This was clad in Cornish granite and Portland stone, both to protect the steelwork and to give the bridge a pleasing appearance. Jones died in 1886 and George D. Stevenson took over the project, the total cost of construction was £1,184,000. The bridge was opened on 30 June 1894 by The Prince of Wales. The bridge connected Iron Gate, on the bank of the river, with Horselydown Lane, on the south – now known as Tower Bridge Approach and Tower Bridge Road
Twickenham Bridge crosses the River Thames in southwest London, England. Twickenham Bridge gets its name from the fact that it is on the road to the town of Twickenham, the bridge forms part of todays A316, which links Central and West London with the M3 motorway at Sunbury-on-Thames. The bridges architect was Maxwell Ayrton and the engineer was Alfred Dryland. The proposed design of the bridge envisaged four 70 foot towers to be constructed on the riverbanks with retaining walls of 20 feet above road level. The plans were opposed and a local petition was organised by the Daily Telegraph against the design on the grounds that it was inappropriate to the setting in Richmond. The final design of the bridge was of three arches supported on concrete piers with Art Deco embellishments. The bridge incorporates three permanent hinges enabling the structure to adjust to changes in temperature, the first reinforced concrete structure in the UK to use such an innovation. The arch springings, as well as the crowns, have decorative bronze cover plates.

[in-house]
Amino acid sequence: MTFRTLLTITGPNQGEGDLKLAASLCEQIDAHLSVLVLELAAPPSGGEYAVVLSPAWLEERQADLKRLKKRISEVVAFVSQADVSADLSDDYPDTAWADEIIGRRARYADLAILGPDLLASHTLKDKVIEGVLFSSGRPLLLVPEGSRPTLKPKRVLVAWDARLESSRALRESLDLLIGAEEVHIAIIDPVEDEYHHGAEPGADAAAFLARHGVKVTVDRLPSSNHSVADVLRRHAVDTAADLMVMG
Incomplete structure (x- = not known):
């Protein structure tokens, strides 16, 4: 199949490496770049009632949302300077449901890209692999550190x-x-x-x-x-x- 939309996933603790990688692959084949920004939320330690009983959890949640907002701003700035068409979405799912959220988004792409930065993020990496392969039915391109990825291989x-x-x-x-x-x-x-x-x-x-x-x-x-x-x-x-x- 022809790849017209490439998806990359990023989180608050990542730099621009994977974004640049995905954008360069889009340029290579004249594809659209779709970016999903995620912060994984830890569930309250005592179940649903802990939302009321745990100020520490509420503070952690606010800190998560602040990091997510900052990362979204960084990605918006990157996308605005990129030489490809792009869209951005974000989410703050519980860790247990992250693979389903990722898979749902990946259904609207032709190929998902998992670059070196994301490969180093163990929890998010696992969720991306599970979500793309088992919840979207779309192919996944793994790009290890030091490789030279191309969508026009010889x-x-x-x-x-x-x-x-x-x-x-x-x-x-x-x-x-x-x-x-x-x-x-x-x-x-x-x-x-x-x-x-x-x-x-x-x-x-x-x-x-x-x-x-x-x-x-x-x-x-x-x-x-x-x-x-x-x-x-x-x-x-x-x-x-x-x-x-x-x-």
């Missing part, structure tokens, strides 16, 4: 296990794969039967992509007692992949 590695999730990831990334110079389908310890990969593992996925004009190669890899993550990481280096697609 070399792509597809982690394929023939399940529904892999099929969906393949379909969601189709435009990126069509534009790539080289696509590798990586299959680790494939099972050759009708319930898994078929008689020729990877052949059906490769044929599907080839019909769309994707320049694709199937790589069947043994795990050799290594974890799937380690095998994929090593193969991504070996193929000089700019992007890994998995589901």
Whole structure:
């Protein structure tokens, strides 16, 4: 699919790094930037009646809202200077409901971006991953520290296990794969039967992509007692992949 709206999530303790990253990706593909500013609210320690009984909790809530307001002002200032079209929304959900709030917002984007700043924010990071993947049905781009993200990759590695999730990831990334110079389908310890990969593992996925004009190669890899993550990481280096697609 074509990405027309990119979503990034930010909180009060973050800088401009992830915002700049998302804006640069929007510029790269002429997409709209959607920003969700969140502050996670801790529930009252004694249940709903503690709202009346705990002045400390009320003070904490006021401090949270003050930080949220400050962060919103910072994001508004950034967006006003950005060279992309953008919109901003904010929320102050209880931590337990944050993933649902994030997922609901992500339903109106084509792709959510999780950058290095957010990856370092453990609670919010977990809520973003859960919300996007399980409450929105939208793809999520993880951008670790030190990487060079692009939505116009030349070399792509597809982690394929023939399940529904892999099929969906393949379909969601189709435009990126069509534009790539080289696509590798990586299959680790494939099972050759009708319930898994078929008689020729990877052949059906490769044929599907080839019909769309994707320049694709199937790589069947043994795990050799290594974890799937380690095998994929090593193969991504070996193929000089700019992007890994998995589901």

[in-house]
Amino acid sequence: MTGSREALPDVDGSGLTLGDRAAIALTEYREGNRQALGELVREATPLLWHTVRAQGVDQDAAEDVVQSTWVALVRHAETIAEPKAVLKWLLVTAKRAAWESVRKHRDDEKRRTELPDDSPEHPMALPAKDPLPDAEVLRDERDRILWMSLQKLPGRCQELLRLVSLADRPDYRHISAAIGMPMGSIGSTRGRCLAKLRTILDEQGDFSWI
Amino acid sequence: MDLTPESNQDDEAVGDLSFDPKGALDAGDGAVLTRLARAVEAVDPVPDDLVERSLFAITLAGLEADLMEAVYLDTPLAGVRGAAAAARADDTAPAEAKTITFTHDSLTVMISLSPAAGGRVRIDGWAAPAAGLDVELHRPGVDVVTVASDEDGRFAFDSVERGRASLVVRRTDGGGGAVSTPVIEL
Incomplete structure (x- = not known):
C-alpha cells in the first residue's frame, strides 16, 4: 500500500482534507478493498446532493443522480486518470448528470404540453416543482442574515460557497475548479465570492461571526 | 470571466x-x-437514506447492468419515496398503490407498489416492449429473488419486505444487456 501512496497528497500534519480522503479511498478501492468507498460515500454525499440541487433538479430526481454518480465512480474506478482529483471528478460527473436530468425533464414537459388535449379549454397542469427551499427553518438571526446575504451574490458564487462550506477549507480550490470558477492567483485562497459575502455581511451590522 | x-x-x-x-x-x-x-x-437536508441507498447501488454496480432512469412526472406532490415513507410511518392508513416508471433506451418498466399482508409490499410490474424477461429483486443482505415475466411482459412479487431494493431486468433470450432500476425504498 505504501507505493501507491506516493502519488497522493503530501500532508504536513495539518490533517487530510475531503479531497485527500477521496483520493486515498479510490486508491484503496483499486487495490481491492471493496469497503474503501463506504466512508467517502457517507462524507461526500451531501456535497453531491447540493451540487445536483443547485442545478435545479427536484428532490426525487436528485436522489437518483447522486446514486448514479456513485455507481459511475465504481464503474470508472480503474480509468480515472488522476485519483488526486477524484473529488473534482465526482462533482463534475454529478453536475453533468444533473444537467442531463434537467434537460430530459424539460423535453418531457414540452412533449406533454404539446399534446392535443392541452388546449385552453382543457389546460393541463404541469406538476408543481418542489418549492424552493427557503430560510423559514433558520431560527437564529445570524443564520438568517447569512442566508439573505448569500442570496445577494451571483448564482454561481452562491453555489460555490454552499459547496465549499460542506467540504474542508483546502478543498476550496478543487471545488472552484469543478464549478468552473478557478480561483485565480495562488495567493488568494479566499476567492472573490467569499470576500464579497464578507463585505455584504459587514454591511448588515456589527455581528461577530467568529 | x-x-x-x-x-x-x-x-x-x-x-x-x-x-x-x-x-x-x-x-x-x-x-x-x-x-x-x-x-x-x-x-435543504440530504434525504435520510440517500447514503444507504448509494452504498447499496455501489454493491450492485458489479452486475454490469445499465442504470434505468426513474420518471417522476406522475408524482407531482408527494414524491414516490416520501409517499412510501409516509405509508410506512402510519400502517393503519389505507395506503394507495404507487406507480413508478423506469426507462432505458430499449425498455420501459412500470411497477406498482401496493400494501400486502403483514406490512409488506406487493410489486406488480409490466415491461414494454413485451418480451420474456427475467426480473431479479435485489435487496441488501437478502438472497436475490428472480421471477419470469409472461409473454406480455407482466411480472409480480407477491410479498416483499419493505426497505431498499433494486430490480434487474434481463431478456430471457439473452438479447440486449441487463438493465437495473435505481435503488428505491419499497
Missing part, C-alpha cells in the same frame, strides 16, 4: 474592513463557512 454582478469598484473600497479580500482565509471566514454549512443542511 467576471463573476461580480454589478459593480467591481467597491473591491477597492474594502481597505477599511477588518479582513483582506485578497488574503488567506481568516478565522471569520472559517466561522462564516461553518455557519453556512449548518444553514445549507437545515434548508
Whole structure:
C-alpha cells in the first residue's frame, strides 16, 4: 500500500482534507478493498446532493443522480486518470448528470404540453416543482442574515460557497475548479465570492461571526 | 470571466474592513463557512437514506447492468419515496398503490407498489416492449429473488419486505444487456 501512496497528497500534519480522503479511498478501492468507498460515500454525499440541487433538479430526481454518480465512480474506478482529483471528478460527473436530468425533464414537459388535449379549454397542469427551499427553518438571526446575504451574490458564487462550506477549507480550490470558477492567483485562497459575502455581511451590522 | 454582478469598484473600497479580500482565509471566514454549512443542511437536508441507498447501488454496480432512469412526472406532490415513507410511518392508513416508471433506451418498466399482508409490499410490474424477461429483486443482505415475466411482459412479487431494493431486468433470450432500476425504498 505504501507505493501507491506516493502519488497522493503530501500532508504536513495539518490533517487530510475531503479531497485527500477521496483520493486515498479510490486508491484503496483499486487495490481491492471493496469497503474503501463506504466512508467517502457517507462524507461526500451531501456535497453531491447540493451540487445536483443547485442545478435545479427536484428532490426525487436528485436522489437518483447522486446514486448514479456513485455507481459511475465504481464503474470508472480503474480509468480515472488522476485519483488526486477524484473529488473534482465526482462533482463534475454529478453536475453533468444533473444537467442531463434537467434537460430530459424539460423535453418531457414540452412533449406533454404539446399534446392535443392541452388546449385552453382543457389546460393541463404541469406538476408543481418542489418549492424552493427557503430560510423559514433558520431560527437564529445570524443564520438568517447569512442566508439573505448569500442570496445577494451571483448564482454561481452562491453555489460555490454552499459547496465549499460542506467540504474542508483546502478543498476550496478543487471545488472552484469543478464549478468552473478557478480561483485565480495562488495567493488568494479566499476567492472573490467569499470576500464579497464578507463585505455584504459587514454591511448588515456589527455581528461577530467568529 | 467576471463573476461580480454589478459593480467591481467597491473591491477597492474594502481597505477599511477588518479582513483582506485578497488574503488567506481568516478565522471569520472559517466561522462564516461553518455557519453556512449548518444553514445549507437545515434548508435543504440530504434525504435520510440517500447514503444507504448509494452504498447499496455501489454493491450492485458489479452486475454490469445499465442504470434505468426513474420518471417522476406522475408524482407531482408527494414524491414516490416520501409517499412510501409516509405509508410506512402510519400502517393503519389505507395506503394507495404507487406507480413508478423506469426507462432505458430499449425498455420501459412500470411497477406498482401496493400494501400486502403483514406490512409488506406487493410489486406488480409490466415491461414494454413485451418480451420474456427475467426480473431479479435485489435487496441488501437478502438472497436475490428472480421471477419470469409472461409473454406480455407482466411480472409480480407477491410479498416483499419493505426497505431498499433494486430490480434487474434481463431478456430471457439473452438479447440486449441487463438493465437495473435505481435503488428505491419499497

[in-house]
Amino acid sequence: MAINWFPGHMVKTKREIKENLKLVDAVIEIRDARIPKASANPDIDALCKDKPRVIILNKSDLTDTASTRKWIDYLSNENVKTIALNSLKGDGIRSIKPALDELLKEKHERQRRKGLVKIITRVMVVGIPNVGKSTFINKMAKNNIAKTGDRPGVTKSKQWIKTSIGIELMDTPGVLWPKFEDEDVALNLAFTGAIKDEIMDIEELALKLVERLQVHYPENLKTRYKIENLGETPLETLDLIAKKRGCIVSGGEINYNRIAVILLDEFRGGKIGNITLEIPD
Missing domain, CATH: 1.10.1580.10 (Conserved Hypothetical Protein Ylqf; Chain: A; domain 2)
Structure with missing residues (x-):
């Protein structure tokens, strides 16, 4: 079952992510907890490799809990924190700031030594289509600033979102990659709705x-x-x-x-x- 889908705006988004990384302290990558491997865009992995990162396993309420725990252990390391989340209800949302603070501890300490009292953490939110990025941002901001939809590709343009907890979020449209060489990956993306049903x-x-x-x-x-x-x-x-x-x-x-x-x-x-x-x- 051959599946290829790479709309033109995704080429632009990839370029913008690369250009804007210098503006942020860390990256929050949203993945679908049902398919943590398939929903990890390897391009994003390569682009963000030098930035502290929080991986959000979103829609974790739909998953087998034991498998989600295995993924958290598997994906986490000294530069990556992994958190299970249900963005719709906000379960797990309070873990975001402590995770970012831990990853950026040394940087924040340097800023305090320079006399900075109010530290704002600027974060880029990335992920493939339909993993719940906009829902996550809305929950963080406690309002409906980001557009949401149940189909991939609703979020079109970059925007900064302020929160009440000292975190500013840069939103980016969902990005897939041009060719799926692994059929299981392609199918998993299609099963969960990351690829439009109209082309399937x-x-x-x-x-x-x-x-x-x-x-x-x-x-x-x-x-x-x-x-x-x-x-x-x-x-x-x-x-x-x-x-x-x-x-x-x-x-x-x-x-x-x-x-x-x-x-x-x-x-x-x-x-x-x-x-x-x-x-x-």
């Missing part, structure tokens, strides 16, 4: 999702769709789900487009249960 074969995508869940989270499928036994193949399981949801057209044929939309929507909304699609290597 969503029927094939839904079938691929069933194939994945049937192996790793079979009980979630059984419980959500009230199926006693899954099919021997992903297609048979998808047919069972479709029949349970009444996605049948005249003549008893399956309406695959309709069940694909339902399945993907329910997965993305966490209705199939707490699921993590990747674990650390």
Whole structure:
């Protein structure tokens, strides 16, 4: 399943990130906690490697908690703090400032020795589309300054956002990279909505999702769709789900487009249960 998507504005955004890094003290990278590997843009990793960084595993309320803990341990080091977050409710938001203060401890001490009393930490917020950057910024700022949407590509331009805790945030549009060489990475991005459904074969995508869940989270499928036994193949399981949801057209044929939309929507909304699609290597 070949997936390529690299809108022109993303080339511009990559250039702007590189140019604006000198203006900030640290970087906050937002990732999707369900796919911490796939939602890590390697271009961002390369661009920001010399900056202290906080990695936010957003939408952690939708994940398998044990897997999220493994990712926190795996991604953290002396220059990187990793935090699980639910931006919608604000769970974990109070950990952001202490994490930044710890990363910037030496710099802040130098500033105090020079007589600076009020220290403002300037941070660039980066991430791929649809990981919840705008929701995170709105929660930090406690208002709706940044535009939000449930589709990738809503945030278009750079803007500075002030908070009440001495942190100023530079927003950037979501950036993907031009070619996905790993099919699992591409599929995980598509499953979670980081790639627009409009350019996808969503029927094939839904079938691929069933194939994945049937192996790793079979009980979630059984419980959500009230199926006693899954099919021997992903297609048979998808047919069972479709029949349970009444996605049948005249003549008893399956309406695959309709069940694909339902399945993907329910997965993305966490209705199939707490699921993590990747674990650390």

Ribbed shuttering was used in the casting of the piers and abutments. The approach viaduct and retaining walls were constructed in precast blocks that were wire brushed to create a rough finish, the balustrades and lamps were constructed of open bronzework. In 1992, the first Gatso speed camera in the United Kingdom was launched on Twickenham Bridge, the bridge was declared a Grade II* listed structure in 2008, providing protection to preserve its special character from unsympathetic development
Blackfriars Bridge is a road and foot traffic bridge over the River Thames in London, between Waterloo Bridge and Blackfriars Railway Bridge, carrying the A201 road. The north end is near the Inns of Court and Temple Church, the south end is near the Tate Modern art gallery and the Oxo Tower. The first fixed crossing at Blackfriars was a 995 feet long toll bridge designed in an Italianate style by Robert Mylne, beating designs by John Gwynn and George Dance, it took nine years to build, opening to the public in 1769. It was the bridge across the Thames in the built-up area of London, supplementing the ancient London Bridge, which dated from several centuries earlier. It was made toll free, the Fleet can be seen discharging into the Thames at its north side. This created the junction at St Georges Circus between Westminster Bridge Road, Borough Road and the named Blackfriars Road which crossed the largely open parish of Christchurch Surrey, the continuation to the south at the major junction at Elephant and Castle is therefore named London Road.